Amity Supt. Charles Dumais sent out a letter to Amity High School parents and staff informing them that, according to the Health Department, that some people at Amity may have been exposed to a case of the mumps during the week of December 4.
The Health Department recommends that students and staff of Amity High School monitor for signs and symptoms consistent with the mumps until December 29th. If symptoms do develop, they are urged to see their healthcare provider.
Below is the Superintendent’s full letter:
We have been informed by the Health Department that Amity staff and students may have been exposed to a case of mumps at Amity Regional High School during the week of December 4, 2017.
Mumps is an acute viral disease that is transmitted from person-to-person through direct contact with respiratory droplets spread by coughing and sneezing or through contact with saliva from an ill person. Mumps can be prevented by immunization.
To help control the spread of active mumps within the community, please make sure indivudals are properly immunized and refrain from sharing items that come in contact with saliva, such as drink bottles, food, and lip balms.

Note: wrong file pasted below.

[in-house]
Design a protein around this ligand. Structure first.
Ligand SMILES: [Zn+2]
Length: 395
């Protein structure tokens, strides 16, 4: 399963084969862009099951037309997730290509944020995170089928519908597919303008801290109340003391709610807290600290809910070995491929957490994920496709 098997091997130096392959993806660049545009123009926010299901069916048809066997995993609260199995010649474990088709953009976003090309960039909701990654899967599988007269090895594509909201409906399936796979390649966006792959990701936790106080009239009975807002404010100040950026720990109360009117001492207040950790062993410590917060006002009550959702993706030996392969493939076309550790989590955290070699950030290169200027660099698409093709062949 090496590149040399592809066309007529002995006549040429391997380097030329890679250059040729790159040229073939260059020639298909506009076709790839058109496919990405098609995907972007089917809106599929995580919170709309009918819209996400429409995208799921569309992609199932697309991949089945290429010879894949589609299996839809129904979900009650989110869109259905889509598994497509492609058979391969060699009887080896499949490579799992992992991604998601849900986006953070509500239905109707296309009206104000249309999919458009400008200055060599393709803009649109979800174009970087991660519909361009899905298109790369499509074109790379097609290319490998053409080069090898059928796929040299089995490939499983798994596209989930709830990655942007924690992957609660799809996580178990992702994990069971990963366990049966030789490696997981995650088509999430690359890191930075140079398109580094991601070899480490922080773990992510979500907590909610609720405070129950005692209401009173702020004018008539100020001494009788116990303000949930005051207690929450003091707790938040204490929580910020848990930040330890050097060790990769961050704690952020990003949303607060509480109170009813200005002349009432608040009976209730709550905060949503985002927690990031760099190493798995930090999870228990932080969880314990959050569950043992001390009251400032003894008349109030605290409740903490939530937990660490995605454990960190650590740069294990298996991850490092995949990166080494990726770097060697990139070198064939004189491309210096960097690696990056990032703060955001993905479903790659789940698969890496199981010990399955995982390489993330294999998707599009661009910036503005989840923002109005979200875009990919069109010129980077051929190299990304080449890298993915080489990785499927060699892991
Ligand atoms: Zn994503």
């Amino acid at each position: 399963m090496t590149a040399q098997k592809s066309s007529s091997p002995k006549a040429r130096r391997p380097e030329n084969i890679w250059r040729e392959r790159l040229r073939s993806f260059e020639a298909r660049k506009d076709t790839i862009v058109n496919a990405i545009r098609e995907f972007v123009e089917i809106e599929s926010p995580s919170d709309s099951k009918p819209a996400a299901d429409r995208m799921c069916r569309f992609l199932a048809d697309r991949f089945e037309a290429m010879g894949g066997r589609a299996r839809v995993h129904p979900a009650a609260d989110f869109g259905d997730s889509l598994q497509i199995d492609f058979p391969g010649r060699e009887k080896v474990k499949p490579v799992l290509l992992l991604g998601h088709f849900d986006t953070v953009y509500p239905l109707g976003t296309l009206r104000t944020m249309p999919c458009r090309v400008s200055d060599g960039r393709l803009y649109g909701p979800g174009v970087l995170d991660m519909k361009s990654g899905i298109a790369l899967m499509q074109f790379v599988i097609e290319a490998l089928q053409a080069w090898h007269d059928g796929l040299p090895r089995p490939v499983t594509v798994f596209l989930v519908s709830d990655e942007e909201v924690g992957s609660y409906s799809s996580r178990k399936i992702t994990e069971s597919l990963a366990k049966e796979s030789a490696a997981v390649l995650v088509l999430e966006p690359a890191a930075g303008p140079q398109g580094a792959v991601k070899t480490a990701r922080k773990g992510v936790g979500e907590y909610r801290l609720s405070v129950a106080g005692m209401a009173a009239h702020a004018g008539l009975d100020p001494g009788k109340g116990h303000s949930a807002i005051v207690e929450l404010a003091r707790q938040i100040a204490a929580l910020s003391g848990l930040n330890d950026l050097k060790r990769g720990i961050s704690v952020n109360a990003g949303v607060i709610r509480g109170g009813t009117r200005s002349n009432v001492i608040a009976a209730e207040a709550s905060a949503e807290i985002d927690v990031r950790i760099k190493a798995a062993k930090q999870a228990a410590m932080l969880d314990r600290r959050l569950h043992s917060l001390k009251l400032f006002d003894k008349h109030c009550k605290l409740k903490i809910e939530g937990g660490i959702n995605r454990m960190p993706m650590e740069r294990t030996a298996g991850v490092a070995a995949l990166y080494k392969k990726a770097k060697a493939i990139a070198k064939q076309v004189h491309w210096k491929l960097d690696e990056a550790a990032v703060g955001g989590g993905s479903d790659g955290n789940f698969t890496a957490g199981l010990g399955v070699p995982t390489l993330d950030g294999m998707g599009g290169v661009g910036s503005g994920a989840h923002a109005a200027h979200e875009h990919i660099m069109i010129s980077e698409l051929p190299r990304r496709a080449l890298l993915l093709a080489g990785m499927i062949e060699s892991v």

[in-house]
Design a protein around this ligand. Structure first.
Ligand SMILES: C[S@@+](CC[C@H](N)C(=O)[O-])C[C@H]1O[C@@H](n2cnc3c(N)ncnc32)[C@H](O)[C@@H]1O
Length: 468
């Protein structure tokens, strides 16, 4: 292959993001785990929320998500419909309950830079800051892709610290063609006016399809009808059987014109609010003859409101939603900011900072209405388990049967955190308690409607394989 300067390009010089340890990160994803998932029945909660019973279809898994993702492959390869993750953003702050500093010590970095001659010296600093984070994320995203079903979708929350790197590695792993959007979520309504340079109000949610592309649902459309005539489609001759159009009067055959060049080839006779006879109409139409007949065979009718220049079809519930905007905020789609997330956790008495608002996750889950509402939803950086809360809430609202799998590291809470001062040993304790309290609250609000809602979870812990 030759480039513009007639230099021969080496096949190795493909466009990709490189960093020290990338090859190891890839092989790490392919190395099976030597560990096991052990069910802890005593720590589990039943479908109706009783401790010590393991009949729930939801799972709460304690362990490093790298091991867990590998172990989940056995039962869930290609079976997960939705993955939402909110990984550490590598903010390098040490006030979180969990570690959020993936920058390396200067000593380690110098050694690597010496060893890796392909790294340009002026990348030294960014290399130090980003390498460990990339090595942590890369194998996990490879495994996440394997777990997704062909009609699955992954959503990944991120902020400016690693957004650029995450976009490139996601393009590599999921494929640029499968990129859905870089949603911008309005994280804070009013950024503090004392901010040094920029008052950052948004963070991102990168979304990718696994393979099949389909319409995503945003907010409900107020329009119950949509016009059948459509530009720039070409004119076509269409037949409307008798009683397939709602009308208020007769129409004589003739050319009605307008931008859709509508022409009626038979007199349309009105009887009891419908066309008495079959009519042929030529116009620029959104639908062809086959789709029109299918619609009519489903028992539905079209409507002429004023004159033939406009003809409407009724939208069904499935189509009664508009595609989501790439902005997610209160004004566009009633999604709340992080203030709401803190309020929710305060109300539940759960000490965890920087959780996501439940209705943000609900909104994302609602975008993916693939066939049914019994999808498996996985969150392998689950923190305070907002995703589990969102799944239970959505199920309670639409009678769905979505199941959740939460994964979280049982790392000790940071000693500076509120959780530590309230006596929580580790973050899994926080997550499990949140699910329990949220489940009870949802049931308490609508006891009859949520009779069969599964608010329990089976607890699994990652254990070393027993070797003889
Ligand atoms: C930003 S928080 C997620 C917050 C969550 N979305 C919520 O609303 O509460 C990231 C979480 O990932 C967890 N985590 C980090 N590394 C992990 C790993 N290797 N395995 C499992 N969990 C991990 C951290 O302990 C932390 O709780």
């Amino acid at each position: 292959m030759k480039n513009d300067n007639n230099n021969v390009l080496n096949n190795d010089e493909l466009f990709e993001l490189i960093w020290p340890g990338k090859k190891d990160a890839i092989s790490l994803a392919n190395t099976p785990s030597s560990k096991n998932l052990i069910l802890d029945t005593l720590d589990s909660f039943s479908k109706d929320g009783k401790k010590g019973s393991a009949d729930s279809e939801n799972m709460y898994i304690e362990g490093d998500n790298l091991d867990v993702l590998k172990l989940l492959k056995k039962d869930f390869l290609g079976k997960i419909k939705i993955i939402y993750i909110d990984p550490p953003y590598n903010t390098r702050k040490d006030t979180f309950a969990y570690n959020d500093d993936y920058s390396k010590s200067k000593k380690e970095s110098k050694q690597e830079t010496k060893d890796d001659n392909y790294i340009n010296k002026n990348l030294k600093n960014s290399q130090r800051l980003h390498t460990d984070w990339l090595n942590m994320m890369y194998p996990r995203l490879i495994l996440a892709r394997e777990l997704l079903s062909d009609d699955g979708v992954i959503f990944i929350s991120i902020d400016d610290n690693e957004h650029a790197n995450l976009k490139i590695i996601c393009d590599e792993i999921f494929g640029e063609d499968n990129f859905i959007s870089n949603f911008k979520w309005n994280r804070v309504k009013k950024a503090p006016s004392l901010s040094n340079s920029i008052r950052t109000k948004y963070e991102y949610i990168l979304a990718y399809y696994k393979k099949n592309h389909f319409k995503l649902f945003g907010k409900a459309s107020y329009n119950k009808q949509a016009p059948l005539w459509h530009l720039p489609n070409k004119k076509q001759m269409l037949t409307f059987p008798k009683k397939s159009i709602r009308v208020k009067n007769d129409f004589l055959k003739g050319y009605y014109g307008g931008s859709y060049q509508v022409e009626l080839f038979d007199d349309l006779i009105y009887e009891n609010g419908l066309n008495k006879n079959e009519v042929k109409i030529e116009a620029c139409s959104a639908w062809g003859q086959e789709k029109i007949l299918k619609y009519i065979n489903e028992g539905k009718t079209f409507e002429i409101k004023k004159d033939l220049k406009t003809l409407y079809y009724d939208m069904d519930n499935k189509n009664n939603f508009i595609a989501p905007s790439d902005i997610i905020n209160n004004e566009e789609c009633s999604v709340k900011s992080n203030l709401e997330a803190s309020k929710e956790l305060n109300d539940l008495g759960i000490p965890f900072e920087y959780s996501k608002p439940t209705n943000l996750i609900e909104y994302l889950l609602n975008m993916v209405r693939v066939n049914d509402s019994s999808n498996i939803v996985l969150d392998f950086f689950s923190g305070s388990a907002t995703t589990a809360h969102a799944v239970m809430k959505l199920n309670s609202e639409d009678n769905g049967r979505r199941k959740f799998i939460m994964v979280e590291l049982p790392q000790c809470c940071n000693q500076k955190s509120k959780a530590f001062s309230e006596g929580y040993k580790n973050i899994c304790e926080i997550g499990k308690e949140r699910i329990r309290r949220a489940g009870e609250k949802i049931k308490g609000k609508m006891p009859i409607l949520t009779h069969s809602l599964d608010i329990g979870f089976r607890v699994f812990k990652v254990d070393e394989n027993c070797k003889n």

Persons with mumps may develop headache, body aches, fever and swollen and tender glands in the jaw (parotitis). People who become infected with mumps may not show symptoms until 12 to 25 days after exposure, and they are typically infectious to others a few days prior to developing symptoms.
The Health Department recommends that students and staff of Amity High School monitor for signs and symptoms consistent with the mumps virus until December 29, 2017, which is 25 days after the date of last potential exposure.
If additional cases of mumps are identified, this time period may be expanded. If signs or symptoms of mumps develop, please see your health care provider and take this letter with you.
Your provider should contact the health department to arrange for appropriate testing. In addition, we recommend that all individuals review their immunization status to ensure that they are up-to-date and discuss the need for vaccination with their healthcare provider.
Again, mumps can be prevented with MMR (measles-mumps-rubella) vaccine. MMR vaccine prevents most, but not all, cases of mumps and complications caused by the disease.
The mumps vaccine is usually a two-dose series obtained in childhood. Two doses of the vaccine are 88% (range: 66-95%) effective at preventing mumps; one dose is 78% (range: 49%−92%) effective. The doses are typically given at 1 and 4 years of age.
A fact sheet about the mumps virus is attached to this letter. Please feel free to contact the Health Department at (860) 509-7929, should you have questions or concerns.
Dr. Charles Dumais, Superintendent
Click here for more information on mumps.